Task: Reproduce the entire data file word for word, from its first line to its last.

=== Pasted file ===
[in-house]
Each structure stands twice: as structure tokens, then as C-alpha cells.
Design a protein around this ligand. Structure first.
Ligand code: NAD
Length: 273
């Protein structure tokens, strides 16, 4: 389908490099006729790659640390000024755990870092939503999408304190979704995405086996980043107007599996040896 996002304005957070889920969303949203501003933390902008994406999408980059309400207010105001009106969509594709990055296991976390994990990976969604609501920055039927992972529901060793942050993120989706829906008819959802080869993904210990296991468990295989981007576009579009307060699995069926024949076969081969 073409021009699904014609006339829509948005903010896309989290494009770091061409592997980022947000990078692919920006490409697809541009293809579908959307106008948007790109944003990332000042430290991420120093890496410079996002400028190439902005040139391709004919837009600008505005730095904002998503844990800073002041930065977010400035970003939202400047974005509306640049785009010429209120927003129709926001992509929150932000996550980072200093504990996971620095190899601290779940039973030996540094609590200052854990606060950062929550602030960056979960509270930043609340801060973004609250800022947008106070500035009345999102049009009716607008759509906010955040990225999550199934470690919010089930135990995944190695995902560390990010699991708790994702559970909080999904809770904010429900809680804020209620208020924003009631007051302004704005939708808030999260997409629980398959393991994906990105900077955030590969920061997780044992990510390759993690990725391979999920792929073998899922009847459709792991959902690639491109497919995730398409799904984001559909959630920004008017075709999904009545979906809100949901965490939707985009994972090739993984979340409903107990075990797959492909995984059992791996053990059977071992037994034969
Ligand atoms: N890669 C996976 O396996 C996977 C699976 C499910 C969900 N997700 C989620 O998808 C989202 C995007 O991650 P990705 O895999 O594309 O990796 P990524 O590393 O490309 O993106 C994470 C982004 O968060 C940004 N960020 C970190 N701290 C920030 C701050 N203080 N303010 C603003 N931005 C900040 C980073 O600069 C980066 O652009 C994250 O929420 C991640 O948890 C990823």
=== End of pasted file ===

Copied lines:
[in-house]
Each structure stands twice: as structure tokens, then as C-alpha cells.
Design a protein around this ligand. Structure first.
Ligand code: NAD
Length: 273
């Protein structure tokens, strides 16, 4: 389908490099006729790659640390000024755990870092939503999408304190979704995405086996980043107007599996040896 996002304005957070889920969303949203501003933390902008994406999408980059309400207010105001009106969509594709990055296991976390994990990976969604609501920055039927992972529901060793942050993120989706829906008819959802080869993904210990296991468990295989981007576009579009307060699995069926024949076969081969 073409021009699904014609006339829509948005903010896309989290494009770091061409592997980022947000990078692919920006490409697809541009293809579908959307106008948007790109944003990332000042430290991420120093890496410079996002400028190439902005040139391709004919837009600008505005730095904002998503844990800073002041930065977010400035970003939202400047974005509306640049785009010429209120927003129709926001992509929150932000996550980072200093504990996971620095190899601290779940039973030996540094609590200052854990606060950062929550602030960056979960509270930043609340801060973004609250800022947008106070500035009345999102049009009716607008759509906010955040990225999550199934470690919010089930135990995944190695995902560390990010699991708790994702559970909080999904809770904010429900809680804020209620208020924003009631007051302004704005939708808030999260997409629980398959393991994906990105900077955030590969920061997780044992990510390759993690990725391979999920792929073998899922009847459709792991959902690639491109497919995730398409799904984001559909959630920004008017075709999904009545979906809100949901965490939707985009994972090739993984979340409903107990075990797959492909995984059992791996053990059977071992037994034969
Ligand atoms: N890669 C996976 O396996 C996977 C699976 C499910 C969900 N997700 C989620 O998808 C989202 C995007 O991650 P990705 O895999 O594309 O990796 P990524 O590393 O490309 O993106 C994470 C982004 O968060 C940004 N960020 C970190 N701290 C920030 C701050 N203080 N303010 C603003 N931005 C900040 C980073 O600069 C980066 O652009 C994250 O929420 C991640 O948890 C990823």